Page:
First of all, you wouldn’t be here if you weren’t interested in learning to wash your own fleece. But just in case you ended up here by mistake, here’s the link to Joybilee Farm wool roving in 3 natural colours.
Commercial roving is lovely. Its perfect. It takes hundreds of individual fleeces, washes them together, picks them into a uniform mass and cards them together. Often the carding process is taken one step further, and the fleece are pin-drafted to take out all the short fibres, noils and veggie bits. The result is a perfect, uniform, rope ready for felting or spinning. Like grocery store hamburger, you know what you’re getting and its consistent every time. It’s rarely local. Your relationship is with the seller, not the manufacturer or the grower. That’s the price of perfection. At least when you buy commercial roving, you aren’t anticipating recalls, like with hamburger.
But sometimes you want to experience real wool. You want to smell the grease. Wash it with your own hands and dream of a project that uses the best qualities of an individual sheep — its lustre, its crimp, its strength or softness. Or you just want to save some cash in support of your hobby.
Here’s an easy way to clean a fleece and prepare it for spinning or felting.
1. Skirt the fleece.
Do this part outside. Lay out the fleece. If it was rolled you will just unroll it and open it up. Check to see if its was skirted thoroughly. The shepherd should have taken all the poop-y bits away from the perimeter of the fleece at the sorting table. If not, take the outside 3 or 4 inches and pull them away from the fleece with your hands. Save these for the bottom of your planters (releases nitrogen and keeps pots from drying out).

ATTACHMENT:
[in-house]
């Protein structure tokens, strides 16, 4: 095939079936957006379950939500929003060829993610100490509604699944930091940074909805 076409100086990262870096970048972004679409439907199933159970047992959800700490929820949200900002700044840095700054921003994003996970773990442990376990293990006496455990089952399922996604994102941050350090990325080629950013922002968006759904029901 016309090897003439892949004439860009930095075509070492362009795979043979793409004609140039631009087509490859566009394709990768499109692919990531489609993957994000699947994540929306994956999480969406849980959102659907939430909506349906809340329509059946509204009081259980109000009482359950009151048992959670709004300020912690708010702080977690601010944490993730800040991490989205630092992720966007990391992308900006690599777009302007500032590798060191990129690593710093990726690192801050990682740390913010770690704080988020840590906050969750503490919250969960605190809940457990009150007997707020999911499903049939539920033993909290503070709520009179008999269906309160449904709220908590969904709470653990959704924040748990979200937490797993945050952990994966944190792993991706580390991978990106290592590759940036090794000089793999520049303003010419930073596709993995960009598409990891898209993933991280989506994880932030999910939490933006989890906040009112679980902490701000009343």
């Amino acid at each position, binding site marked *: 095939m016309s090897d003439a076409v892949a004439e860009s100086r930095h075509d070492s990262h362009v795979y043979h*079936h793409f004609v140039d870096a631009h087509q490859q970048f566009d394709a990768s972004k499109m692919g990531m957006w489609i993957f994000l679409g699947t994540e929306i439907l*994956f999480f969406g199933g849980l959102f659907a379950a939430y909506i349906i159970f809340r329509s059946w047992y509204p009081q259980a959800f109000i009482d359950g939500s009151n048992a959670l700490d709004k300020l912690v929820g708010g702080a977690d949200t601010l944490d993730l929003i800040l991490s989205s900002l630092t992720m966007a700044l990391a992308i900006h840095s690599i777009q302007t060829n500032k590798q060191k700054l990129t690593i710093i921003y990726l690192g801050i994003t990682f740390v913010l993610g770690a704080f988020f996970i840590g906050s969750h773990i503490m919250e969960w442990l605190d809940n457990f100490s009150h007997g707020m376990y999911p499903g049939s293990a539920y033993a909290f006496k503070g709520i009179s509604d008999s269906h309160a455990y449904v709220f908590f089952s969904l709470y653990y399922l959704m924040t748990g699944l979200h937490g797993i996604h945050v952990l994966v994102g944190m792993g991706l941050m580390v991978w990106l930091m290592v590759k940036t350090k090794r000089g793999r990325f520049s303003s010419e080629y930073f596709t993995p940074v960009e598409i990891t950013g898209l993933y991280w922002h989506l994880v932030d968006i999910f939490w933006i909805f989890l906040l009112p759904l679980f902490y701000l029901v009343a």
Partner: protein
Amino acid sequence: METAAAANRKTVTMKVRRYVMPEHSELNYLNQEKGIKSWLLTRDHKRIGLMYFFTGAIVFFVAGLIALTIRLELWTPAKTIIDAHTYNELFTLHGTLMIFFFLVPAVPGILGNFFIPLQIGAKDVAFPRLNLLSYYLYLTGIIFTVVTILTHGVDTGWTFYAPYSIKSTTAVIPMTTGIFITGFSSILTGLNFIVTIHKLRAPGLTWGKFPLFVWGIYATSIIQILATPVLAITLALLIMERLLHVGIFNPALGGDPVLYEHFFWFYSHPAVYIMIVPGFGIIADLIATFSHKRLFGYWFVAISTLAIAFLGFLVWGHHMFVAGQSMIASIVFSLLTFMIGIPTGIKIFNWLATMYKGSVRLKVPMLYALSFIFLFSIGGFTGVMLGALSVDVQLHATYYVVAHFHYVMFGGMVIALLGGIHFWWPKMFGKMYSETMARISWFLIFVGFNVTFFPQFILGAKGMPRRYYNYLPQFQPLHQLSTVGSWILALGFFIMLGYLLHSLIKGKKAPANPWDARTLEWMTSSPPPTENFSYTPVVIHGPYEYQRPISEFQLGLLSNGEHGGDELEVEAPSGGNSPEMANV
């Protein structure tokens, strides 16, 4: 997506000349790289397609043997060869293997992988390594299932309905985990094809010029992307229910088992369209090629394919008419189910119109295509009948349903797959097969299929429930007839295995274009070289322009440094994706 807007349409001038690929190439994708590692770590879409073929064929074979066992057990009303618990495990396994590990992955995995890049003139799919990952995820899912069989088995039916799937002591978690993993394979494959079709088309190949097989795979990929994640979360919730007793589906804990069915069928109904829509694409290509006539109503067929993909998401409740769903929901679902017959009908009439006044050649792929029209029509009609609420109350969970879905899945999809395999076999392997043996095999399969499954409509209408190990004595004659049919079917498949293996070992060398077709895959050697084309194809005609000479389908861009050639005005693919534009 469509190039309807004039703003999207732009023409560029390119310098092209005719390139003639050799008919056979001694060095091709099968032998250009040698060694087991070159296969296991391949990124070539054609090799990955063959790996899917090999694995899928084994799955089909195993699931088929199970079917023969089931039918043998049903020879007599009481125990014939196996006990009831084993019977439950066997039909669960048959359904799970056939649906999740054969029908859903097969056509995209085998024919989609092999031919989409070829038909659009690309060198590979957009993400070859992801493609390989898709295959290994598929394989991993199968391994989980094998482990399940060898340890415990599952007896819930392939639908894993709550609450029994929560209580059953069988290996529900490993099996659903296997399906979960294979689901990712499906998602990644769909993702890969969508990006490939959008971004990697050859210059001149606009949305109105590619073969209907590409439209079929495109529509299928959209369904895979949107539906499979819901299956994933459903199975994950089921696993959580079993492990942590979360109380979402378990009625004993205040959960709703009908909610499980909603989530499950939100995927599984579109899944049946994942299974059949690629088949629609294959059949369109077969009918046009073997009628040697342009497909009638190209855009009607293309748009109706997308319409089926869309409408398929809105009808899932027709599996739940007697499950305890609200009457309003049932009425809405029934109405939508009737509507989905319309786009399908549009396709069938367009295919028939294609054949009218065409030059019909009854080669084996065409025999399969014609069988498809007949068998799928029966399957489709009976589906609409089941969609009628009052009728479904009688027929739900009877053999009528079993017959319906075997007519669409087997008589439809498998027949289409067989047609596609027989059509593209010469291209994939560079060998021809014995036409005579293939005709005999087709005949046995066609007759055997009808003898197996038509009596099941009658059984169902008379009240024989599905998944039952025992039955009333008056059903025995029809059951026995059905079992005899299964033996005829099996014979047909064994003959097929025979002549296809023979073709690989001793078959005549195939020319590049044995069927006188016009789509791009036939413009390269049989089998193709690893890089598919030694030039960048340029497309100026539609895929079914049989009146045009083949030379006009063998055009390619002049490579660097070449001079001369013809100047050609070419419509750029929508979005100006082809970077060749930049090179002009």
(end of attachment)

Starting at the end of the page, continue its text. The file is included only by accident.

2. Remove any parts of the fleece that are heavily contaminated with vm (vegetable matter).
Sometimes the neck and top line are heavily contaminated so add these to your plant pots or save for garden mulch. Again, the shepherd may have already done this for you.
3. Shake your fleece outside.
If you are going to process a lot of fleeces you might want to build a wool sorting table. That’s a table with an opening (slats or wire mesh) that will let the junk fall out of the fleece as your shake it. If you don’t have a sorting table then grab handfuls of fleece and give them a good shake. You want the small bits, dust and vm to fall out on the ground before washing. Place the shaken fleece in a basket ready for the wash.
In the 70s it was cool to spin in the grease. This is the point when you would do this. Its not my preference. Just saying….
4. Wash the fleece.
Do this outside, if you can. If you use your indoor washing machine or bath tub, it gets a bit messy. Fill a wash tub, washing machine or bath tub with really hot water (120F). Add 1/2 cup washing soda, 1/2 cup. dish detergent, 1/2 c. Simple Green (optional). Stir in to dissolve completely. Add fleece, by pushing down into the water. Use a stick so you don’t burn your hands. Cover tub with a lid or tarp to hold in the heat, if you are doing it outside. Leave it for 30 min. to 1 hour.